Viewpoint Gallery presents the work of two regional photographers whose focus is the landscape of the Sacramento area and Central Valley.
Stephen Fischer photographs along the American River Parkway, a beltway of undeveloped land on both sides of the river. It provides a natural sanctuary from the nearby hustle and bustle of the Sacramento metropolitan area. It is also a byway and habitat of the natural world that coexists within our developed environment and passes through and thrives along this photographic wonderland: nature’s corridor. Fischer’s photographs are in color and are seen primarily in the early and late hours of the day.
Gerry Tsuruda's beltway consists of the white lines, asphalt, and gravel of the ordinary and ubiquitous “roadway,” this landscape photographer’s most frequent path to successful pictures. Tsuruda has realized that most of his better images were taken from a spot along the side of the road or other easily accessible area nearby. This is certainly contrary to the romantic notion of the landscape photographer, but not indicative of a drop-off in the quality of seeing. Whereas Fischer’s images are in color, Tsuruda works in the monochromatic palette of black-and-white photographic tones.
Viewpoint member Jim Klein of Lincoln will present work at the Step Up Gallery at Viewpoint in March, 2012. The photographs are the result of travel to Utah, a place universally known for its ancient and dramatic landscapes and also its much newer remains of man’s presence.
Klein cites John Szarkowski, famed photographer, critic and historian, who, in his book The Photographer’s Eye, “included Time as one of the defining aspects of photography as an art medium. But his consideration of time had more to do with how much of time was captured by the camera’s shutter than how time is conveyed by the image.”
The two sets of images in this exhibit, a deserted motel on Highway 70 near Moab and abstracts of rocks from Utah’s National Parks, depict the effects of time, and, in another perspective, timelessness.
In November, Viewpoint’s Step Up Gallery features Rhonda Campbell’s exhibit exploring the cultural and psychological aspects of our ubiquitous doppelgangers from the retail environment: mannequins.
Campbell relates that this series began “with a simple photograph I took (and not a very good photograph at that),” a photograph that led her to understand that what she was photographing in storefront windows was “more than just mannequins; they’re life as we wish it to be.” She began looking closely at mannequins in her travels. “The more I looked, the more I found.” She found questions: “Does life reflect the mannequins or do they reflect life? Do they mock us or set standards?” And she found insights: “People are the same the world over. We all have the same dreams of glamor, sophistication, confidence, humor, and purpose. Mannequins give us that freedom to dream, if only for a few seconds.”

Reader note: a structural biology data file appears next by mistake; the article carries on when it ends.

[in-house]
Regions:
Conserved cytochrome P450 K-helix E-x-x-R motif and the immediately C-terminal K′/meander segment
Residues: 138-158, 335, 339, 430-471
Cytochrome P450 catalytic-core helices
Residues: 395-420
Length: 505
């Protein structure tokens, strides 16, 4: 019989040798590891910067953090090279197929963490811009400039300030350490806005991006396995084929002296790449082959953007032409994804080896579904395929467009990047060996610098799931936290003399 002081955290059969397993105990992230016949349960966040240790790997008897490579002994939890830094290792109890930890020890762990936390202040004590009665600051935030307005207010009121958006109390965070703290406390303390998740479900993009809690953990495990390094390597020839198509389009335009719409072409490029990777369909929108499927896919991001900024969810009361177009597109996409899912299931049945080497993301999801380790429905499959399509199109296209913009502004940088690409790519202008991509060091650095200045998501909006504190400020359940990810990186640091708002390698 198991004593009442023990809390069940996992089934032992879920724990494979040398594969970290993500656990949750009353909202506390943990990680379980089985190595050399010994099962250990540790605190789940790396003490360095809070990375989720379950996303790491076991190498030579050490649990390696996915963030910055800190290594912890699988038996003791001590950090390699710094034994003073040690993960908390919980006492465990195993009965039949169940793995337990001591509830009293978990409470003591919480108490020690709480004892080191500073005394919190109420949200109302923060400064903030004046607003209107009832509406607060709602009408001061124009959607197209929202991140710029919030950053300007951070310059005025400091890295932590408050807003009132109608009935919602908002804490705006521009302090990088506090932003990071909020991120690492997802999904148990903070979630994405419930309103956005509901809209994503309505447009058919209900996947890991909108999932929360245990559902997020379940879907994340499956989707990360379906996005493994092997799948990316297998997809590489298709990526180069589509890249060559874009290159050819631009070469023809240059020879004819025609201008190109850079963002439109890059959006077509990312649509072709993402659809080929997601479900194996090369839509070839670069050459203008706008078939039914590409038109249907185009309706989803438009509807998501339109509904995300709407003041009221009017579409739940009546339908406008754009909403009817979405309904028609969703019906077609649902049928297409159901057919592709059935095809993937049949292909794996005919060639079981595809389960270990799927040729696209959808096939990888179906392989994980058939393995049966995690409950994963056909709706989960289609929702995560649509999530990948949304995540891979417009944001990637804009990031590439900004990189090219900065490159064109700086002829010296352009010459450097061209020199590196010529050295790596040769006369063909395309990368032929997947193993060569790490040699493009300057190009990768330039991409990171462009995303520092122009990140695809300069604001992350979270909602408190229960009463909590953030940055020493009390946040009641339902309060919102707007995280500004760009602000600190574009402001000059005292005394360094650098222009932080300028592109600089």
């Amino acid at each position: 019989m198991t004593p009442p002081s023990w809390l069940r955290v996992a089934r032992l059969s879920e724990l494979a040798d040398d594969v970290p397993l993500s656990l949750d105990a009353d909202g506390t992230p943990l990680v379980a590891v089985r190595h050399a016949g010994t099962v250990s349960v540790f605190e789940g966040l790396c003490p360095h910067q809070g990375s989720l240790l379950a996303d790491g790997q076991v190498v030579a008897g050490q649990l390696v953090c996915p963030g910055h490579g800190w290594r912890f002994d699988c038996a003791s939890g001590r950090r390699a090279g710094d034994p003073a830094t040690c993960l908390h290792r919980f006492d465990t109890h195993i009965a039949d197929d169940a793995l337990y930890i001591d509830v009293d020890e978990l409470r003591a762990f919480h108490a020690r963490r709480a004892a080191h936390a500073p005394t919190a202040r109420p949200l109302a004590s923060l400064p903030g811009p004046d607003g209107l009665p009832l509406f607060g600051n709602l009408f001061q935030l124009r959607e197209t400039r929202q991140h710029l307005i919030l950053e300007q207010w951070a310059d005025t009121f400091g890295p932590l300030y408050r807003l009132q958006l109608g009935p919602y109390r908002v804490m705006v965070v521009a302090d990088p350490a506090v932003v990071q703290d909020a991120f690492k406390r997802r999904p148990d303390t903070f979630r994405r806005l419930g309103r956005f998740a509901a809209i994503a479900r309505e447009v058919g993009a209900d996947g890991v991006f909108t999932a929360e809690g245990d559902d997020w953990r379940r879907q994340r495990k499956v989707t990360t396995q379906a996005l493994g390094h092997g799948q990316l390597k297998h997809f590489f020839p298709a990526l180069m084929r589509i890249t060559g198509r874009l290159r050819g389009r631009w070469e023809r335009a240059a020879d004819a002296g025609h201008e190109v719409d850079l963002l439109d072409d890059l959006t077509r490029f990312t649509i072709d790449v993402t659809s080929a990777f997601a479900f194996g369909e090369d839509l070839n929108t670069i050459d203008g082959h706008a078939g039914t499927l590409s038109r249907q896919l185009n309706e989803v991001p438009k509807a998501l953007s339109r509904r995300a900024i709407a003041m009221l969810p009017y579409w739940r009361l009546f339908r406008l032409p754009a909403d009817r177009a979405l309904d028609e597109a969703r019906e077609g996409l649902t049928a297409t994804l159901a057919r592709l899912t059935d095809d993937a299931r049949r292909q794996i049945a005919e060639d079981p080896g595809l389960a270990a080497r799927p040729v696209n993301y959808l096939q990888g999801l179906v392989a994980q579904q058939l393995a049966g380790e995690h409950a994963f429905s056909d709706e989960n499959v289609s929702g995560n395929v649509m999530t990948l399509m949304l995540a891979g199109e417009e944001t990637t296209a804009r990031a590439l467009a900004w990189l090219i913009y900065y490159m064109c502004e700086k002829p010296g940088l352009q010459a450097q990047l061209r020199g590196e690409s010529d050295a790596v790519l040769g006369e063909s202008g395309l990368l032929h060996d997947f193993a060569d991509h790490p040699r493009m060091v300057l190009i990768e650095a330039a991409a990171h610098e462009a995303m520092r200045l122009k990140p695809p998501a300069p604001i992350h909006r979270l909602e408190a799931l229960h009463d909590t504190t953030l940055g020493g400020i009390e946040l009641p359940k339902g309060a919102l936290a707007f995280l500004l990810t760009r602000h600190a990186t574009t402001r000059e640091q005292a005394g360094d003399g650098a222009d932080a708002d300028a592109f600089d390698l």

From Where I Stand is a group exhibit of photography students from ten high schools in Sacramento, California, and the surrounding region. Working with both traditional and digital media, the one hundred photographs in the exhibit demonstrate the energetic, experimental and fresh perspective of these young artists. Clearly the points of view are individual, as the title of the exhibit suggests, yet the subjects and attitudes reflect the common concerns and experiences of today’s young student artists. The photographs illustrate technical competence in night exposures, portraits, landscape, motion studies, digital high dynamic range, black and white, and color images.
Viewpoint Gallery is pleased to present a solo exhibition of internationally renowned photographer Linda Connor. Her photographs depict the relationship between the culturally sacred and natural world while illuminating her connection to and deep respect for her subjects. With her large format camera, Connor travels extensively, exploring sites that evoke mystery and spirit. These explorations of ancient and sacred locales reflect her interest in how diverse cultures manifest the holy.
Viewpoint’s annual Members’ Exhibit will be on display from June 12 through July 3, 2009. The exhibit gives all Viewpoint members an opportunity to showcase one image of their choosing. The images in this show highlight the diversity of photographic art created by Viewpoint members, from traditional color and black-and-white images to prints made using alternative processes, digital manipulation, and other methods. All images are copyrighted by the artists.
Viewpoint Photographic Art Center proudly presents the work of Jon Sousa, a California photographer who shares for the first time one of four portfolios based on his travels in the States and abroad. With thirty-five years of photography experience as a photo educator at the high school and community college level, as well as having owned and operated Jon Sousa Photography doing portrait work, Sousa now turns his attention to his personal vision. In this body of work, The Human Touch, Sousa’s images incorporate the relationship between his favorite model and evocative architectural settings.
Viewpoint Photographic Art Center presents the exhibit Road Trip Poetry by Dave Hennessy in its Step Up Gallery in January.
Hennessy explains that “Road Trip Poetry celebrates the extraordinary, the comical, and the sublime in an ordinary commute between Sacramento and Petaluma. With my iPhone I was able to capture what at best would have been merely a glimpse of something grand. I discovered that something grand is always nearby. I do not have to go somewhere ‘special’ or even leave my car.”